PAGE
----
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## Initialisation

The posterior variances of the factors are initialised to small values, but a simple linear method is applied to find sensible posterior means of the factors. The model is similar to the FA model given by (3 - 5) with the exception that the variance of the noise is constant for each dimension k. In principal component analysis (PCA) the matrix A is formed from the eigenvectors of the covariance matrix C of the data. The eigenvectors corresponding to the largest eigenvalues are chosen, since the eigenvalues are the variances which should be maximised. In this case, C is calculated from only those pairs of data values where both values are observed:

 (9)

 (10)

The maximum a posteriori estimate for s which is also the mean of the posterior distribution, is found by minimising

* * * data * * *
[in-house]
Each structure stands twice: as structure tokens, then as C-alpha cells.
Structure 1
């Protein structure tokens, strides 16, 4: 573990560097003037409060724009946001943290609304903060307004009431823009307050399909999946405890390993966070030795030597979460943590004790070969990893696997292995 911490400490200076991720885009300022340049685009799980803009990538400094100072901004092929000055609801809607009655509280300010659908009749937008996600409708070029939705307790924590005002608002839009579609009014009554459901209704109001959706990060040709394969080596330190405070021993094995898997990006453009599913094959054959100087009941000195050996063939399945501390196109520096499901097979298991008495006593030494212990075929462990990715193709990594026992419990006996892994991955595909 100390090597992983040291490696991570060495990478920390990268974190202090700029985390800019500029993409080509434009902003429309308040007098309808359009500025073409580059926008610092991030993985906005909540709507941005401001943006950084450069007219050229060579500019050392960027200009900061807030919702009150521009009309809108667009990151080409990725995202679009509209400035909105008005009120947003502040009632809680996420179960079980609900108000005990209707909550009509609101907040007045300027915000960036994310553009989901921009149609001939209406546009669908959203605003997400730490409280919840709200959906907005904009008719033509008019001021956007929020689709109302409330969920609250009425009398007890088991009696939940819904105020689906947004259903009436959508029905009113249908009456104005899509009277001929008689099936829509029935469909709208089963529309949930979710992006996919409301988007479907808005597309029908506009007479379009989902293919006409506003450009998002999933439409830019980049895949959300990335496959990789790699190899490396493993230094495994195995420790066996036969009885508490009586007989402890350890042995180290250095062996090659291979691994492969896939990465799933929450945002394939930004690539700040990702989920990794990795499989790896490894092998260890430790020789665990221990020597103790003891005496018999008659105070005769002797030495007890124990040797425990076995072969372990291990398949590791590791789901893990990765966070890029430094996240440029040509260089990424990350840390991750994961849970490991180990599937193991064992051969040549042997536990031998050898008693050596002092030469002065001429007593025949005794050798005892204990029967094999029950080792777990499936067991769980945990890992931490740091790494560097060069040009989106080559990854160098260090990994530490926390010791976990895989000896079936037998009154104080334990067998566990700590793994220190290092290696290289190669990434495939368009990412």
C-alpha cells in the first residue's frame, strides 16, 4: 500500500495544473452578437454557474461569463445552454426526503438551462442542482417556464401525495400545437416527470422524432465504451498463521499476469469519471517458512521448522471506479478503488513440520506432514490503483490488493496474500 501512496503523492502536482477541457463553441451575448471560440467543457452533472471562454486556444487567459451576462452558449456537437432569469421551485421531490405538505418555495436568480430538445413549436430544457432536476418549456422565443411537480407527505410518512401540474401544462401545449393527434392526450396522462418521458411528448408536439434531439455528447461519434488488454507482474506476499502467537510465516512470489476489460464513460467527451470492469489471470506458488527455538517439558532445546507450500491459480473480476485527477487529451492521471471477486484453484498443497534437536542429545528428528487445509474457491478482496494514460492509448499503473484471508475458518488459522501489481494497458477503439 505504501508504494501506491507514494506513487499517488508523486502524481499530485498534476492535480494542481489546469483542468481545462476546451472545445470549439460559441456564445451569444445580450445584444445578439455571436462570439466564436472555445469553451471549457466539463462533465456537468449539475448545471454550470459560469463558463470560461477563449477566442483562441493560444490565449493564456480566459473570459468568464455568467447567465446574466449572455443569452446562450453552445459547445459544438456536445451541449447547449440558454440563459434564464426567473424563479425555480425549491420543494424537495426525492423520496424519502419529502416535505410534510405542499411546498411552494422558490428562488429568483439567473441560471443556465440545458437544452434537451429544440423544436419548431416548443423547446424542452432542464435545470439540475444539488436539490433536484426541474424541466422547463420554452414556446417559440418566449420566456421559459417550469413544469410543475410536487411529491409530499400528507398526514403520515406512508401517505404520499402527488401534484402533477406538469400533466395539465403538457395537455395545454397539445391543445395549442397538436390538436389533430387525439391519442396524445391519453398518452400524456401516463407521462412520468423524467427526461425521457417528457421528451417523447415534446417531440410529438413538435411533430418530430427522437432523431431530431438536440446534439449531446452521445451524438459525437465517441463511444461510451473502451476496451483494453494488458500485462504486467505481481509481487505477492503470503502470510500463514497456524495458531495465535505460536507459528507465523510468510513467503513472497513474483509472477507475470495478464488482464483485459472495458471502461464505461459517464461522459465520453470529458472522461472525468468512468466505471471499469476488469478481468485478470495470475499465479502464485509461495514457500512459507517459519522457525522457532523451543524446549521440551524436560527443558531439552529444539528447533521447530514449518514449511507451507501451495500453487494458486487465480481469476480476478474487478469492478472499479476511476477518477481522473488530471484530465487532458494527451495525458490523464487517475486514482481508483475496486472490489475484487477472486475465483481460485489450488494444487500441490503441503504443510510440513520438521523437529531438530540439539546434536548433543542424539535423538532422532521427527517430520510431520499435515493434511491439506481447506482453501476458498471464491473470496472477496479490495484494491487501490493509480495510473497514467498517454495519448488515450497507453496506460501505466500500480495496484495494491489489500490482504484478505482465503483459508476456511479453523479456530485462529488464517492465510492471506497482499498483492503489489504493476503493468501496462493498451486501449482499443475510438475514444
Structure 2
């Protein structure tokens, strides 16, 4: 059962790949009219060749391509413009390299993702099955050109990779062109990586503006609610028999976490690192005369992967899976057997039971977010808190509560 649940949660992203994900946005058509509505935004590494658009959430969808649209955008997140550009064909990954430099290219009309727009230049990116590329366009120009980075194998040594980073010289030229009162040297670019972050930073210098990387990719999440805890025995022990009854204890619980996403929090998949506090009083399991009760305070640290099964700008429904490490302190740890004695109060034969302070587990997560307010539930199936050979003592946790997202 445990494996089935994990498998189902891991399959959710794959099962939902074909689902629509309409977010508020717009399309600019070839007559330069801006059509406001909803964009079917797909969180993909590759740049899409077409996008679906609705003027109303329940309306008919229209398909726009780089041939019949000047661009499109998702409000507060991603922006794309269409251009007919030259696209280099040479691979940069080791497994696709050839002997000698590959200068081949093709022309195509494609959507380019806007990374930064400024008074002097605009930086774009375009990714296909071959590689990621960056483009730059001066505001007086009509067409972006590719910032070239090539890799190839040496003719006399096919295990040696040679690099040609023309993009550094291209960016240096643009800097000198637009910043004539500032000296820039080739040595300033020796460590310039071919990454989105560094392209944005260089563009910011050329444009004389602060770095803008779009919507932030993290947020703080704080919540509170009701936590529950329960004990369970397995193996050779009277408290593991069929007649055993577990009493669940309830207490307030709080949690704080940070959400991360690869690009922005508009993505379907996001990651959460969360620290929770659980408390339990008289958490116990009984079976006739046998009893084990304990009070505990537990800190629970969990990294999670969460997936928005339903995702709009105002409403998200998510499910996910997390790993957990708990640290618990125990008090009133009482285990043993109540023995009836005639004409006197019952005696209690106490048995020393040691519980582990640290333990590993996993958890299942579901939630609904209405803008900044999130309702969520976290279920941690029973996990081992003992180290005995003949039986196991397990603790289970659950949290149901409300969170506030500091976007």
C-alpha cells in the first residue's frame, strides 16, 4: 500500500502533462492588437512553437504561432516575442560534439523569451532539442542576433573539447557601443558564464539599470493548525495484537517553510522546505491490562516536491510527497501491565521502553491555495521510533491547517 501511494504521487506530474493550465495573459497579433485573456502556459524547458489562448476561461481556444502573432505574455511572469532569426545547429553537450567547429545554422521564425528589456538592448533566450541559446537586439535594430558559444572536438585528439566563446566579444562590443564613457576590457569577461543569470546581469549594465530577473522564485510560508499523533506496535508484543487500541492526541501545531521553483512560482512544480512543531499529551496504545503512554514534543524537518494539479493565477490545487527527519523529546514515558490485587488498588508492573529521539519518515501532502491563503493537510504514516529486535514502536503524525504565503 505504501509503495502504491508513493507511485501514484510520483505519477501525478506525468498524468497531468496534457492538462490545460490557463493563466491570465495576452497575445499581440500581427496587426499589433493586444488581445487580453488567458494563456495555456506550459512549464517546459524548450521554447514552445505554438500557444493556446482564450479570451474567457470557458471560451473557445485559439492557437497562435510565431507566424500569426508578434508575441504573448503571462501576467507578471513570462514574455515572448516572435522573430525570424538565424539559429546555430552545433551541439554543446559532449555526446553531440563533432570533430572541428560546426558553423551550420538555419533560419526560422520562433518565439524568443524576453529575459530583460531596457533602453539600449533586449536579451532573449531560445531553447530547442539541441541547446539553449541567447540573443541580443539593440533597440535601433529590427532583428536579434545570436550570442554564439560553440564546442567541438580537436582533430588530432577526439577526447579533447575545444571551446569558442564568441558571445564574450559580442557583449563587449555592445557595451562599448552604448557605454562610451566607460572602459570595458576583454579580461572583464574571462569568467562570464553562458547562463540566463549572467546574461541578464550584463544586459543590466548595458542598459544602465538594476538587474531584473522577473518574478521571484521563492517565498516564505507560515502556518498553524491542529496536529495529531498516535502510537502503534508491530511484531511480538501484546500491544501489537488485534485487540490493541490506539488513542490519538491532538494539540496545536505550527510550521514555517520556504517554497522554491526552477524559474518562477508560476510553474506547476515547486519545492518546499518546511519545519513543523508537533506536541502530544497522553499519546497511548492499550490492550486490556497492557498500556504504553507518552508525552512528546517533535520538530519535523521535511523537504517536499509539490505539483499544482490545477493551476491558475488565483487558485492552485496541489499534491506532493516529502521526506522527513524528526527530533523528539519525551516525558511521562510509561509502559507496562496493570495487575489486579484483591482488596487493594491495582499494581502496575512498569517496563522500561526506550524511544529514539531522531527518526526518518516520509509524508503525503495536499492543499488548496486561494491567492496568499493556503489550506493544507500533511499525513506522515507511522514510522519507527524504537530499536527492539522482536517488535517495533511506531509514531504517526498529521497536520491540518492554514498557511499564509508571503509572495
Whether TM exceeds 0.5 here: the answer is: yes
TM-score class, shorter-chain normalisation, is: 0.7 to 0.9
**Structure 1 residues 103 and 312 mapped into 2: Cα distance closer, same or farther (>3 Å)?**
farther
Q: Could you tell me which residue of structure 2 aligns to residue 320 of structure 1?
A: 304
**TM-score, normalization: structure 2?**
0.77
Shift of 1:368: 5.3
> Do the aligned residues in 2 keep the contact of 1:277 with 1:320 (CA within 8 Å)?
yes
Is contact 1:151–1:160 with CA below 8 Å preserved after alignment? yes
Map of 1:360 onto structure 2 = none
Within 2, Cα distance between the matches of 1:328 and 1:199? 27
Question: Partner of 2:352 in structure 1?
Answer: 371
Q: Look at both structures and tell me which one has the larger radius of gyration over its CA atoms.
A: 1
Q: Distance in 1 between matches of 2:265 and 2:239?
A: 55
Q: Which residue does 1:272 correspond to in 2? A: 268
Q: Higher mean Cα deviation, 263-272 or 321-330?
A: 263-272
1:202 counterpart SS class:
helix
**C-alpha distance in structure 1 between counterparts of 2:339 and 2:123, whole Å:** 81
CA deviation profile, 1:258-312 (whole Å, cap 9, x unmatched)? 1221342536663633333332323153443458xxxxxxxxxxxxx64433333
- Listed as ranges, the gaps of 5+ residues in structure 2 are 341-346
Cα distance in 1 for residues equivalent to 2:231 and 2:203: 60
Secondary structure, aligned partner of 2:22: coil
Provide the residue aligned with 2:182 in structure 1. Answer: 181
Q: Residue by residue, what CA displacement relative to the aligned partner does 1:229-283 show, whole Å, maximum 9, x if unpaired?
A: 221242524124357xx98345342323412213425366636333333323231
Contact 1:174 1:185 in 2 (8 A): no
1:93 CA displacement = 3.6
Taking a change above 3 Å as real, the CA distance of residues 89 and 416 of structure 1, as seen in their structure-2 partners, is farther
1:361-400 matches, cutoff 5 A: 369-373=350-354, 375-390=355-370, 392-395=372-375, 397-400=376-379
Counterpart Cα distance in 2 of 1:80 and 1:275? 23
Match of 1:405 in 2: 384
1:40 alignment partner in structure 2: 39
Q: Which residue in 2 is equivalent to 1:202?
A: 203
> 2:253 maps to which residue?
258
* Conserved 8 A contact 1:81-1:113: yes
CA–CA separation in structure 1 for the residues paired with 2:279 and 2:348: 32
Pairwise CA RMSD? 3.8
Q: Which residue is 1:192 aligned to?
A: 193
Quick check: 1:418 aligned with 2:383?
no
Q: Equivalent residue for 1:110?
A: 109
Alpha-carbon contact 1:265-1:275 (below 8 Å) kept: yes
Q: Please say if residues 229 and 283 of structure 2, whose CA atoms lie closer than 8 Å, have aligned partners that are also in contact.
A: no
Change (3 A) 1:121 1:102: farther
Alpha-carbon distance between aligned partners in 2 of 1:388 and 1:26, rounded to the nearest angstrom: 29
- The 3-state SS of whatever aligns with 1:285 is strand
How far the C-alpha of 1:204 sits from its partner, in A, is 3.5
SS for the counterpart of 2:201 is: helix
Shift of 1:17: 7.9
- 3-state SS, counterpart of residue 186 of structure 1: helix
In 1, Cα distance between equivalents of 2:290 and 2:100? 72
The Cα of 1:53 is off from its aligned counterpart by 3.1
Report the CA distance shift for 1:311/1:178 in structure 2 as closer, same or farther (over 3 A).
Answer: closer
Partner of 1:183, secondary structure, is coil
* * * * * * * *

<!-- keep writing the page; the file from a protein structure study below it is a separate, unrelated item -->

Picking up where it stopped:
(11)

and the solution is

 (12)

where subscript i=1 stands for using only those rows or dimensions, where the corresponding dimension of i(t) is one. stands for a diagonal square matrix, whose diagonal values are . The noise variance is left as a parameter.

The initialisation values of the factors are important, because they are fixed for the first 50 sweeps through the entire data set. This allows the network to find a meaningful mapping from factors to the observations, thereby justifying using the factors for the representation. For the same reason, the parameters controlling the distributions of the factors, weights, noise and the hyperparameters are not adapted during the first 100 sweeps. They are adapted only after the network has found sensible values for the variables whose distributions these parameters control. This setting is important for the method because the network can effectively prune away unused parts, which would lead to a local minimum from which the network would never recover.

Next: Experiments Up: Linear and Nonlinear Factor Previous: The Missing Values
Tapani Raiko
2001-09-26